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#### fjfonline

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I have just started learning about EV conversion and would want to start my own Conversion soon. I have been studying the info but I can't seem to find why for example with some builds I have seen the Tesla or other battery modules are connected in a combination of series and parallel. Why do I rarely see a series only setup when there are a lot of modules connected together?

I would like to fully understand why they are combined in series and parallel configuration.

#### oudevolvo

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It depends on:
• The system voltage you want
• The power (current) you want to have available
• The amount of space or weight capacity you have
So let's say you're doing a relatively low voltage conversion of around 96V.
Then 4 Tesla modules could be a nice match (4x 22V nominal = 88V).
But every module only is around 5 kWh, usable around 4,5 kWh
So that means a pack of 20 kWh. Depending on the weight of your vehicle that gives you a certain range.
And these 4 modules can provide 230 A continous at 88V that is 20 kW. For a small vehicle that is OK perhaps, but for a bigger one not. So if you want to have more range and more power, you need more batteries.
But if you add them in series the voltage goes up (and that does not match the system voltage you had chosen).
So by adding another batch of 4 modules in parallel:
• You keep the nominal voltage of 88V
• Double the pack to 40 kWh
• Double the continuous current
With higher system voltages you often see setups using batteries in series only. The currents can be much lower for the same amount of power.

#### fjfonline

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Thanks for explaining. I think I understand now.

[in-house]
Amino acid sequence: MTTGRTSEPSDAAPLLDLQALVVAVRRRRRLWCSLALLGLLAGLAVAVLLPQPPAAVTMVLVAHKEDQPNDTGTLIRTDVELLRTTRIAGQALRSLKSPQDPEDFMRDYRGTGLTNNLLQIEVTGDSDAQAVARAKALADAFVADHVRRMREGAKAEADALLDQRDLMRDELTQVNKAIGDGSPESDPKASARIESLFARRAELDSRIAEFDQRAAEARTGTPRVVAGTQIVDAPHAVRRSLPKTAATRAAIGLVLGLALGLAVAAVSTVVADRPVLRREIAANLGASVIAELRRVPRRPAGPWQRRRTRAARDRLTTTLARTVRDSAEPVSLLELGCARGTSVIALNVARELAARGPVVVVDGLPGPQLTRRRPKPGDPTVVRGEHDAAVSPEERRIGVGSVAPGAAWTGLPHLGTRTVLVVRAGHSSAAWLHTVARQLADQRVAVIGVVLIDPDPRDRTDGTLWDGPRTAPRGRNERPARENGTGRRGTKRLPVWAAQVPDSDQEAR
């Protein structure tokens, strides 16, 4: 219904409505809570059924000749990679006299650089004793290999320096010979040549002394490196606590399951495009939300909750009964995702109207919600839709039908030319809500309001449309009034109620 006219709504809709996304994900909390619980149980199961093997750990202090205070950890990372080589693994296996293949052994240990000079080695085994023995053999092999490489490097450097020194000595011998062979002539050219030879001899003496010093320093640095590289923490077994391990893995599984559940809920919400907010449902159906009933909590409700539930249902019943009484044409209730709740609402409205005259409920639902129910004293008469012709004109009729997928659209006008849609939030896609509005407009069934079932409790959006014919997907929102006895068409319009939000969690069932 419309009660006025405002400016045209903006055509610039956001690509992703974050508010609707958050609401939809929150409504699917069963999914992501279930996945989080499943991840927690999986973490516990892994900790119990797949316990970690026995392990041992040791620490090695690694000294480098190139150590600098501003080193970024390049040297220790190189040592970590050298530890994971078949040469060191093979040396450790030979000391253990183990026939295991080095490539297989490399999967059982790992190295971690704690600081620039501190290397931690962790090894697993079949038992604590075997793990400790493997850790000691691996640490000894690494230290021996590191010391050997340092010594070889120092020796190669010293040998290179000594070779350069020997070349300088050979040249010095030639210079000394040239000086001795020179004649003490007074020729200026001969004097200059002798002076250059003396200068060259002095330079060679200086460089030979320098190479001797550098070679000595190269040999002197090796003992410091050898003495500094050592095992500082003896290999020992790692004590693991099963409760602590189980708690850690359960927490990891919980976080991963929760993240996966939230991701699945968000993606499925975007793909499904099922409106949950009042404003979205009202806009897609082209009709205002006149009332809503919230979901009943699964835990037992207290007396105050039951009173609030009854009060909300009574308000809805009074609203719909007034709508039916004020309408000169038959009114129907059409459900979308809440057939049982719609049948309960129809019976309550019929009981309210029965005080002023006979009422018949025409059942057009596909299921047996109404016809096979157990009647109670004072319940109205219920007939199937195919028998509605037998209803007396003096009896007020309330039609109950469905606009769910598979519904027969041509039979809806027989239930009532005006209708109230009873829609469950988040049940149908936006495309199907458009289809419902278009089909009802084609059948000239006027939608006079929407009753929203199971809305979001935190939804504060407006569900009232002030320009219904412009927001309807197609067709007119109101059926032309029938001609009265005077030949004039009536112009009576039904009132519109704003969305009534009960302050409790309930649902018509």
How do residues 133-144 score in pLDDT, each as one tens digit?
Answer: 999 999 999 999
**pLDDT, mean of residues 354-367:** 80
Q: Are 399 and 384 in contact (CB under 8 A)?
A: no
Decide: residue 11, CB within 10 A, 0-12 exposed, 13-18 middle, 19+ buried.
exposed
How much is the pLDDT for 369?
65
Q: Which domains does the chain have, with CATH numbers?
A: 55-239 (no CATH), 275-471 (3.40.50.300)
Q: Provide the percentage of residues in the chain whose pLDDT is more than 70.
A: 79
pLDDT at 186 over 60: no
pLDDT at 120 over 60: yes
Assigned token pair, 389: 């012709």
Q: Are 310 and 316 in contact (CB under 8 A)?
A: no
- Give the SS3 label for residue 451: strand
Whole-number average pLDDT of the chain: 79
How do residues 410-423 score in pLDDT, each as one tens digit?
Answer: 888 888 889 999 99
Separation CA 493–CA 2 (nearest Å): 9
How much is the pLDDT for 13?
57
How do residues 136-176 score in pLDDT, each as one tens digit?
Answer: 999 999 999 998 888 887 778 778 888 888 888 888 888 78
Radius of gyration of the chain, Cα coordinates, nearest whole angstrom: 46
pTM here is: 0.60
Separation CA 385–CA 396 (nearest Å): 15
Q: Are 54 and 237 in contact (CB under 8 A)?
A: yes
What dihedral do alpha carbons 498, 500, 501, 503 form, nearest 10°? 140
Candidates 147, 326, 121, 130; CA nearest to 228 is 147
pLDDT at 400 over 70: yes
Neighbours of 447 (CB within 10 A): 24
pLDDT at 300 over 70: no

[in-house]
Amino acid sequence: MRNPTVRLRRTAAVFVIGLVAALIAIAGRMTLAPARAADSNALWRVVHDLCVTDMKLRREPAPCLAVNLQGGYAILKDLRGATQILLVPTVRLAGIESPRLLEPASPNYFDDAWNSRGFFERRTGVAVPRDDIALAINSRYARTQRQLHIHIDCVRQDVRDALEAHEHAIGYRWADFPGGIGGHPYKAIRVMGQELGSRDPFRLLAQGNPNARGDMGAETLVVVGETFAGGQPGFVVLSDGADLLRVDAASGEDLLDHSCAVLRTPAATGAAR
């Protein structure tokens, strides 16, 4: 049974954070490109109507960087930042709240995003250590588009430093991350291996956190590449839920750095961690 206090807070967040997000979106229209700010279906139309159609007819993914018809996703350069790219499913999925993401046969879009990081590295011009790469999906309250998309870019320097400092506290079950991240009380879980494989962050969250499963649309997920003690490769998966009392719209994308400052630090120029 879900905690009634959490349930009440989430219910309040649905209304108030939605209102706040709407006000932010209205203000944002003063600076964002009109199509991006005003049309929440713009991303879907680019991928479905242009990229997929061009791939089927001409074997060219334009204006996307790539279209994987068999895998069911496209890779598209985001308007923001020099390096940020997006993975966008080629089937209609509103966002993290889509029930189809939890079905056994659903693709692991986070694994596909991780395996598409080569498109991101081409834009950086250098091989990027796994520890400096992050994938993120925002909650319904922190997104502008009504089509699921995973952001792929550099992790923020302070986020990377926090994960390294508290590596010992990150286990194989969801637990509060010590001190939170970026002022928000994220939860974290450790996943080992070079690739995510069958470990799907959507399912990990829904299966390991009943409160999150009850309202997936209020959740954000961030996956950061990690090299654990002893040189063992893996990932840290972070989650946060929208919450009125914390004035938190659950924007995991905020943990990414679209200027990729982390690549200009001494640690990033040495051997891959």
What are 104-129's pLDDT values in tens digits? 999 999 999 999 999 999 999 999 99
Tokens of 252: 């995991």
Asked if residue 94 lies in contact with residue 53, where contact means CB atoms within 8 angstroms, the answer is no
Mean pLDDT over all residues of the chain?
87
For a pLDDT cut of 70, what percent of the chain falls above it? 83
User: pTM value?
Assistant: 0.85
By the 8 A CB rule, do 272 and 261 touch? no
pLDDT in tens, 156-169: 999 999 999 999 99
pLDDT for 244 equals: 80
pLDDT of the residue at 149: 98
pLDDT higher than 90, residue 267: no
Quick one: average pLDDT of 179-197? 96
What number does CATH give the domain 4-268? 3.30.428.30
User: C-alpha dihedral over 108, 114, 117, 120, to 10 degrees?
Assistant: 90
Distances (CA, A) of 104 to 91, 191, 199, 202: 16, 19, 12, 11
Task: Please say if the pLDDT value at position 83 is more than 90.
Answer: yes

So to test my understanding of this:

I was planning on using the large Tesla drive unit and 20 battery modules (22V 232ah) and if I place them in series I would end up with 102Kw (440V and 232ah) right? But if I take the same 20 modules and put 16 in series (352V/232ah) and 4 parallel (22v/928ah) and combine them then I would end up with 231V/1160ah??

🤔

#### OR-Carl

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But if I take the same 20 modules and put 16 in series (352V/232ah) and 4 parallel (22v/928ah) and combine them then I would end up with 231V/1160ah??
This does not make any sense - you seem to have confused something. When the modules go in series, you add the voltages, and when in parallel you add the capacity, so that part is correct.

When you put modules in series, those are then called strings. So putting 10 modules in series makes a string with 220v and 232ah. Putting two 10-modules-strings in parallel would get you 220v and 464ah. The strings would have to be the same voltage in order to be paralleled (or all you will get is a fire). A very hot fire.

If you are set on using 20 modules, you could do 10s2p, 5s4p, 4s5p or 2s10p, depending on which voltage makes the most sense for your project.

#### fjfonline

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This does not make any sense - you seem to have confused something. When the modules go in series, you add the voltages, and when in parallel you add the capacity, so that part is correct.

When you put modules in series, those are then called strings. So putting 10 modules in series makes a string with 220v and 232ah. Putting two 10-modules-strings in parallel would get you 220v and 464ah. The strings would have to be the same voltage in order to be paralleled (or all you will get is a fire). A very hot fire.

If you are set on using 20 modules, you could do 10s2p, 5s4p, 4s5p or 2s10p, depending on which voltage makes the most sense for your project.
Now I get it. I did not know this rule: "The strings would have to be the same voltage in order to be paralleled".
That explains the available options: 10s2p, 5s4p, 4s5p or 2s10p.

Thank you all for your input. It is becoming very clear now.

#### jpitz31

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Get a basic electronics book and take a look at series and parallel circuits. As indicated above adding batteries in series adds voltage, while leaving amperage the same as one battery. Adding batteries in parallel increases amperage capacity while leaving the voltage the same as one battery. So by combining batteries in series and parallel you can build battery packs so that voltage and amperage increases as the batteries are combined. So if a basic battery cell is 4.2 volts and 3000 mamps. you can increase voltage in increments of 4.2 volts by wiring batteries in series, Then by taking two groups of the series wired batteries and then wiring them both in parallel you can increase amperage in multiples of 3000 mamps. Check out ebikeschool.com for some video examples